Over the past two hundred years, the purchasing function of the City of Baltimore has been performed in many diverse ways, each agency originally having the authority to place their requirement orders as they saw fit.

In a special session of the Board of Estimates on September 4, 1913, the then Comptroller, Mr. James F. Thrift, received permission to appoint Mr. Charles Wilson to the position of Purchasing Agent.

An article appearing in the publication "MUNICIPAL JOURNAL" stated that: "The new Storekeeper’s Department to be put into operation in 1914 has been established. This promises to be a money—saver to the City as the result of systematized and standardized buying of supplies in bulk instead of by individual departmental action. The establishment of such a bureau has been a hobby of the Mayor, he considers it - business-like."

A subsequent article describes an apparent "first inventory" in the City, conducted by Mr. Wilson, showing the various agencies having approximately $162,815.00 worth of common items scattered throughout their warehouses, as of March 1, 1914.

An especially appointed committee had reported on the standardization of certain materials and that on and after May 15, 1914, all departments of the city would be required to purchase the following materials from the Storekeepers’ supply:

Long-handled shovels; Short handled shovels; Picks; Pick handles; Lanterns and globes; Nails, all weights; Soap, all grades; Corn brooms; Mops and handles; Rattan Brooms, 16 inches; Toilet Paper

The first official request for sealed proposals for General Supplies by the Storekeeper was formally advertised to be opened on July 15, 1914, for paints, oils, soap, pipe and pipe fittings.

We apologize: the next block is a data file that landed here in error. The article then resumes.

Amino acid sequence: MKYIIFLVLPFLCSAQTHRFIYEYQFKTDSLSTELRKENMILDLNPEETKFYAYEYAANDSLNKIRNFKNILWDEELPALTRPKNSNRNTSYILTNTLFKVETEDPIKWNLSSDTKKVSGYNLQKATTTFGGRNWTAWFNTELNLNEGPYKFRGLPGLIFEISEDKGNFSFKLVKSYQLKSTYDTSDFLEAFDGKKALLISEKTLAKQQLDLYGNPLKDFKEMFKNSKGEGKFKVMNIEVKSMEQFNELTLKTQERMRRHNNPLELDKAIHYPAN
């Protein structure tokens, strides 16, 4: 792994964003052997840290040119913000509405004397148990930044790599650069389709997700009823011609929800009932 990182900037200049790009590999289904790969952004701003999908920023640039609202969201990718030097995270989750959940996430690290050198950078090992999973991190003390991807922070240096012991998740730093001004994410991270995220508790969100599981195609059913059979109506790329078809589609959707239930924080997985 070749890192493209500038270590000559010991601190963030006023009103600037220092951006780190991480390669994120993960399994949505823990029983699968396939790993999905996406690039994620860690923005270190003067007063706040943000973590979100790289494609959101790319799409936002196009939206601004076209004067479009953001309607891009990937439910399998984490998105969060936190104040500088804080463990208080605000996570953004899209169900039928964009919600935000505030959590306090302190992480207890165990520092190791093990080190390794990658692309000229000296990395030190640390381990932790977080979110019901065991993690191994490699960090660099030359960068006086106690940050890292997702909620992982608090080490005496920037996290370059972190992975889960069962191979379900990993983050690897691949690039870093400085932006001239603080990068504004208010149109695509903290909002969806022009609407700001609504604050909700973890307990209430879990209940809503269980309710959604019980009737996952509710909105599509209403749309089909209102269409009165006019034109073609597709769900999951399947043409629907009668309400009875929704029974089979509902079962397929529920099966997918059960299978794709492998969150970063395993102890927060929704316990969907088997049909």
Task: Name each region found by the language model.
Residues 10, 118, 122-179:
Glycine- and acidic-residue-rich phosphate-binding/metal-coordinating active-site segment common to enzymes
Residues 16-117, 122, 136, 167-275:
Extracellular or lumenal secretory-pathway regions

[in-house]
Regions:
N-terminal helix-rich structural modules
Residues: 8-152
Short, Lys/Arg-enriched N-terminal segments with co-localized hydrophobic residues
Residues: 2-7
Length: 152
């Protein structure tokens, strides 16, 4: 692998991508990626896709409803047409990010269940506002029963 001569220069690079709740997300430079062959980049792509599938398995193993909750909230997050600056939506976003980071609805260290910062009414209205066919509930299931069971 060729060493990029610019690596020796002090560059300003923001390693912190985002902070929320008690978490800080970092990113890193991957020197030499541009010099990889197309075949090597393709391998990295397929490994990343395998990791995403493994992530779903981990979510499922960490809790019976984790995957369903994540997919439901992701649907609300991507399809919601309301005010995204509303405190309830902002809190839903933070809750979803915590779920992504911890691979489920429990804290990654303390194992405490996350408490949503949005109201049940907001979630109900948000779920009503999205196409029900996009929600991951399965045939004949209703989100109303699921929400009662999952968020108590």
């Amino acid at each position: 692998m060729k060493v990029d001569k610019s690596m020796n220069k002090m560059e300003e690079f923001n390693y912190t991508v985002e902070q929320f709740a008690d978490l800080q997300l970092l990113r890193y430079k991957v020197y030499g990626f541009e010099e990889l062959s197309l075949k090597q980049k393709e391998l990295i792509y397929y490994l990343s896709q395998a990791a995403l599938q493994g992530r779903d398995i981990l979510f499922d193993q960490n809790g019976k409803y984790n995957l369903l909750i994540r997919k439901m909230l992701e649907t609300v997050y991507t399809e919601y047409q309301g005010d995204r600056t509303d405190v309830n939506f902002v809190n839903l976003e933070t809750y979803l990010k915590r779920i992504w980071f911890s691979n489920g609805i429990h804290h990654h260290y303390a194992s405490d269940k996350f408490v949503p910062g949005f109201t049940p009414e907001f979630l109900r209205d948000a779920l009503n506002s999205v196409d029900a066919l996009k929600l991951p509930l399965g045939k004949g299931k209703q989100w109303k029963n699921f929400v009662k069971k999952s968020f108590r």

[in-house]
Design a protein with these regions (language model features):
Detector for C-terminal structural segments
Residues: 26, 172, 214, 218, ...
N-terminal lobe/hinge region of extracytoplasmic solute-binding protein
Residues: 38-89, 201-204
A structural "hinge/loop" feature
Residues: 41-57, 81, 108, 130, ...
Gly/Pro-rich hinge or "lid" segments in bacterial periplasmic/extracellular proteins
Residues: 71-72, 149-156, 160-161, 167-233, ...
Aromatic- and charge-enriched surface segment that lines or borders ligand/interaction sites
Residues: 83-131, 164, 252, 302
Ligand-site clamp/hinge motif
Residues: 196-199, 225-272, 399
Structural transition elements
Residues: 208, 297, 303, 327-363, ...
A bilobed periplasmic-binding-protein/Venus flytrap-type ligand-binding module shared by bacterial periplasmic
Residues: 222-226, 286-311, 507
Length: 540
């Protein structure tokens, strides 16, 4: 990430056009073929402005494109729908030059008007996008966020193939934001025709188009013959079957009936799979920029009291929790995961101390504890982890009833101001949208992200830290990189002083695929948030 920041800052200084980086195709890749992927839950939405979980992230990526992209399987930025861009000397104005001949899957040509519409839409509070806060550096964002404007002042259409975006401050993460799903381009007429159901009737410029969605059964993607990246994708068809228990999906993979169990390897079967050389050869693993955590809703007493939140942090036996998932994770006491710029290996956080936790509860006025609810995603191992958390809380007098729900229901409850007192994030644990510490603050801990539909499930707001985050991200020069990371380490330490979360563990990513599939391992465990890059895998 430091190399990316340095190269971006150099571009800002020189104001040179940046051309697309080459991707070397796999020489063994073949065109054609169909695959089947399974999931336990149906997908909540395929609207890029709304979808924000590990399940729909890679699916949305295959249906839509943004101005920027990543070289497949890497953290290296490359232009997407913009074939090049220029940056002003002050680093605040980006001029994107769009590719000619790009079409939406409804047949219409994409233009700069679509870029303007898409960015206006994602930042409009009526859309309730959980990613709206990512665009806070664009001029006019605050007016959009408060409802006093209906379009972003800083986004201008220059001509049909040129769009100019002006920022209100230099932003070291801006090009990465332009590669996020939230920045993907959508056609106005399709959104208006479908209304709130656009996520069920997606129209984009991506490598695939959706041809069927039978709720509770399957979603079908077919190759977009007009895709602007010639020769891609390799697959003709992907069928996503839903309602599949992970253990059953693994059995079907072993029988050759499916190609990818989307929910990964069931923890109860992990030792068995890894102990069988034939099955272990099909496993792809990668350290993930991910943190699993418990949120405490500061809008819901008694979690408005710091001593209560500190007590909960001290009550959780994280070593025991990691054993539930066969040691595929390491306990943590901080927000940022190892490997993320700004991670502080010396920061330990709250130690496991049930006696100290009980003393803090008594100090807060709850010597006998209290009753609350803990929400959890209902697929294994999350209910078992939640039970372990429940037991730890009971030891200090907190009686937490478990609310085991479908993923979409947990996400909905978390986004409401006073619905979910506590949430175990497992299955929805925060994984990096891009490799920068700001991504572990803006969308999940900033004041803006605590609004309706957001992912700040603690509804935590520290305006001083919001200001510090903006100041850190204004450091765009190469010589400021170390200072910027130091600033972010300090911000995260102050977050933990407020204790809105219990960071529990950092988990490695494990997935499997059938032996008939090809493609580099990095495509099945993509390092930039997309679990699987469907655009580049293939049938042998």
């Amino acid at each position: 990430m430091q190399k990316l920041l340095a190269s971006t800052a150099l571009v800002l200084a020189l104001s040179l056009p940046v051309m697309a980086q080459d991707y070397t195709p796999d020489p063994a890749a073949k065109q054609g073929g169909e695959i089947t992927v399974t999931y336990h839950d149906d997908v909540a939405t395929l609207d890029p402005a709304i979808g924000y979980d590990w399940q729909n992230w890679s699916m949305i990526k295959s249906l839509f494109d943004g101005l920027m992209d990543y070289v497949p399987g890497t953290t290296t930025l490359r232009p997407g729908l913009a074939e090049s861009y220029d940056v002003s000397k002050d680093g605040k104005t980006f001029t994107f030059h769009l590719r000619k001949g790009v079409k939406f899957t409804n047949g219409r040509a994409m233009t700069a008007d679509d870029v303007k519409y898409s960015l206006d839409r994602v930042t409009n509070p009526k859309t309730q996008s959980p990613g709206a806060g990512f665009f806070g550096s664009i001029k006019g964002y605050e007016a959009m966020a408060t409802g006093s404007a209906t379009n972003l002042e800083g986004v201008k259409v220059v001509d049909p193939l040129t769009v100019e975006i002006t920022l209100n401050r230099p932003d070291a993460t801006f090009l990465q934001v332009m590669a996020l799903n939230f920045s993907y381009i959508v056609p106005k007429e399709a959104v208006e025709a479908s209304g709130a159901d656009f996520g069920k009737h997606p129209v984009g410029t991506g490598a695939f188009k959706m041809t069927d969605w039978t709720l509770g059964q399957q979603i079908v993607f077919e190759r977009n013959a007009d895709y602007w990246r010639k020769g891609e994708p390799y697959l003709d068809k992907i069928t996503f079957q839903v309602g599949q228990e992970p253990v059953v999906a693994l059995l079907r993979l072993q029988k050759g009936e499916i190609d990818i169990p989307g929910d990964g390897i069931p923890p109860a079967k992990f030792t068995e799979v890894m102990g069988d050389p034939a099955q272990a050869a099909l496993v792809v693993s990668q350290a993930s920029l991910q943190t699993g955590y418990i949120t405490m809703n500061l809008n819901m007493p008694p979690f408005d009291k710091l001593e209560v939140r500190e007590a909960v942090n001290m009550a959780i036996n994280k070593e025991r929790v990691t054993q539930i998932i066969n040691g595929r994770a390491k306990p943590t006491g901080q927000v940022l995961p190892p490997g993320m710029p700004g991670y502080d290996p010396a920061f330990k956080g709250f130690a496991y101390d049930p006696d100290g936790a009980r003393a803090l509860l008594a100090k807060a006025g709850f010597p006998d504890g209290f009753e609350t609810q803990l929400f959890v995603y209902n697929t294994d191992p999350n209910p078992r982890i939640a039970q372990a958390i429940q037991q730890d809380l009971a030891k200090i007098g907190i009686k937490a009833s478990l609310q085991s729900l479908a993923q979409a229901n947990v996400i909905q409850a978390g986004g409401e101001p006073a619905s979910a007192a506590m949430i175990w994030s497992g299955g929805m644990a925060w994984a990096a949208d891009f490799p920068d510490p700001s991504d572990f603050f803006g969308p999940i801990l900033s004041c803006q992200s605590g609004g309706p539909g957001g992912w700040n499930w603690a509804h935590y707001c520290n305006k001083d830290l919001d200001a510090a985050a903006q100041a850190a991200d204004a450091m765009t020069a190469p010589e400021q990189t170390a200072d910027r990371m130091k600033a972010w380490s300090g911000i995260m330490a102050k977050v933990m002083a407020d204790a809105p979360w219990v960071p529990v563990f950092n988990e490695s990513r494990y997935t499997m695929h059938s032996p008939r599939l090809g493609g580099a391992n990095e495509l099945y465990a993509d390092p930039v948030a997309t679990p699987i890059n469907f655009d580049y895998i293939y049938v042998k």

A subsequent article appeared in the Journal giving a summary of the last six month’s activity for the City’s Storekeeper’s Department, which under an expansion role had saved the City approximately $2,246.09 on purchases made in the last five months and with a new form introduced during this period, an additional $432.89 saved in discounting of bills.

At that time the Storekeeping Department consisted of: the Storekeeper, one driver, and one laborer: the total annual salary was $2,444.00.

In July 1913, the Mayor informed all department heads that he was having the Storekeeper report directly to him to assure their compliance with the new procedures.

In 1916, the Board of Estimates appointee Mr. Philip W. Tucker, City Purchasing Agent, reporting directly to the Board of Awards, and requiring that all contracts for $500.00 and over be subject to the Board of Awards’ approval and that they must be solicited competitively. The Board of Awards was to exercise supervisory control over smaller purchases which must be processed through the City Purchasing Agent.

In April, the City Purchasing Agent introduced the use of the Daily Bulletin System of posting prominently in the City Hall, the requirements of certain commodities, and the specific days of their purchase. In June of the same year, the Mayor appointed a select committee to standardize the City’s common item requirements.

1918 saw the preparation and acceptance of the revisions to the City Charter including the formulation of the bidding procedures which for the most part, prevailed to date.

The purchasing functions continued under the aegis of the Board of Awards until 1927 when it was recreated as a separate agency titled "The Central Purchasing Bureau".

As a result of the 1964 revision of the City Charter, which redefined the City’s General Powers (Art. I), it also created the Department of Finance.

The Bureau of Purchases was then made a responsibility of the Department of Finance, by empowering the Director — "to appoint such assistants and employees as may be provided for in the Ordinances of Estimates and shall perform the duties and exercise the powers which are herein or may hereafter be imposed or conferred upon the Department of Finance."

This has been the authority for the origin of the Bureau of Purchases as it now exists, through various Charter amendments.

The provisions of the City Charter Article VII, chapter 14, sub-paragraphs (a), (b), (c) and (d) which relate to Purchasing, in essence, conveys the authority (Laws of Agencies) that are now being exercised by the Department of Finance and the delegation of those powers and duties as outlined by the Director, were passed on to the Bureau of Purchases. It is under these that the Bureau of purchases now functions."

Excerpt from "A Brief Resume of the History of the Bureau of Purchases," Bureau of Purchases Manual, Systems and Procedures" 1988.